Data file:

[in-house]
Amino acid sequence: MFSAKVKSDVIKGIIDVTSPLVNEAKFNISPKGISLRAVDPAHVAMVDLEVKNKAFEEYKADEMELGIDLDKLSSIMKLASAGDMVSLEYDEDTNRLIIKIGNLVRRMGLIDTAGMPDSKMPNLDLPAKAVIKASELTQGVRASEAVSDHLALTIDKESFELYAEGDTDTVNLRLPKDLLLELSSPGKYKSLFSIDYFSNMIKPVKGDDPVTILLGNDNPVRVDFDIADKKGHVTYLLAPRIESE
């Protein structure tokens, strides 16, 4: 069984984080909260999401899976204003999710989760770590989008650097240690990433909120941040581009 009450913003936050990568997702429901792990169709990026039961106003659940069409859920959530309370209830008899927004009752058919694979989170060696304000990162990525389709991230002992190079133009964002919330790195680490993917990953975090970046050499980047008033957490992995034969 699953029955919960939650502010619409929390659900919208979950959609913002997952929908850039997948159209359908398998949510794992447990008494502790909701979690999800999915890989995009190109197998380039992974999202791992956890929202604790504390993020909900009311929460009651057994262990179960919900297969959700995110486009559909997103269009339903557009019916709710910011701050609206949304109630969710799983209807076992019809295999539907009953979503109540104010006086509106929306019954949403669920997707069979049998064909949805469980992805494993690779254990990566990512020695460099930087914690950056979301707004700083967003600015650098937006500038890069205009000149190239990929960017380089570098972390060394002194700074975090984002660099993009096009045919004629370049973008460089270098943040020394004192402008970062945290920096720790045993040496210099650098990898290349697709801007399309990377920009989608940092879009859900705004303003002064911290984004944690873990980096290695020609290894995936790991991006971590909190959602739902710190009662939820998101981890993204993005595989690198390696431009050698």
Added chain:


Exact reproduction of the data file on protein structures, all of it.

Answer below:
[in-house]
Amino acid sequence: MFSAKVKSDVIKGIIDVTSPLVNEAKFNISPKGISLRAVDPAHVAMVDLEVKNKAFEEYKADEMELGIDLDKLSSIMKLASAGDMVSLEYDEDTNRLIIKIGNLVRRMGLIDTAGMPDSKMPNLDLPAKAVIKASELTQGVRASEAVSDHLALTIDKESFELYAEGDTDTVNLRLPKDLLLELSSPGKYKSLFSIDYFSNMIKPVKGDDPVTILLGNDNPVRVDFDIADKKGHVTYLLAPRIESE
């Protein structure tokens, strides 16, 4: 069984984080909260999401899976204003999710989760770590989008650097240690990433909120941040581009 009450913003936050990568997702429901792990169709990026039961106003659940069409859920959530309370209830008899927004009752058919694979989170060696304000990162990525389709991230002992190079133009964002919330790195680490993917990953975090970046050499980047008033957490992995034969 699953029955919960939650502010619409929390659900919208979950959609913002997952929908850039997948159209359908398998949510794992447990008494502790909701979690999800999915890989995009190109197998380039992974999202791992956890929202604790504390993020909900009311929460009651057994262990179960919900297969959700995110486009559909997103269009339903557009019916709710910011701050609206949304109630969710799983209807076992019809295999539907009953979503109540104010006086509106929306019954949403669920997707069979049998064909949805469980992805494993690779254990990566990512020695460099930087914690950056979301707004700083967003600015650098937006500038890069205009000149190239990929960017380089570098972390060394002194700074975090984002660099993009096009045919004629370049973008460089270098943040020394004192402008970062945290920096720790045993040496210099650098990898290349697709801007399309990377920009989608940092879009859900705004303003002064911290984004944690873990980096290695020609290894995936790991991006971590909190959602739902710190009662939820998101981890993204993005595989690198390696431009050698």
Added chain: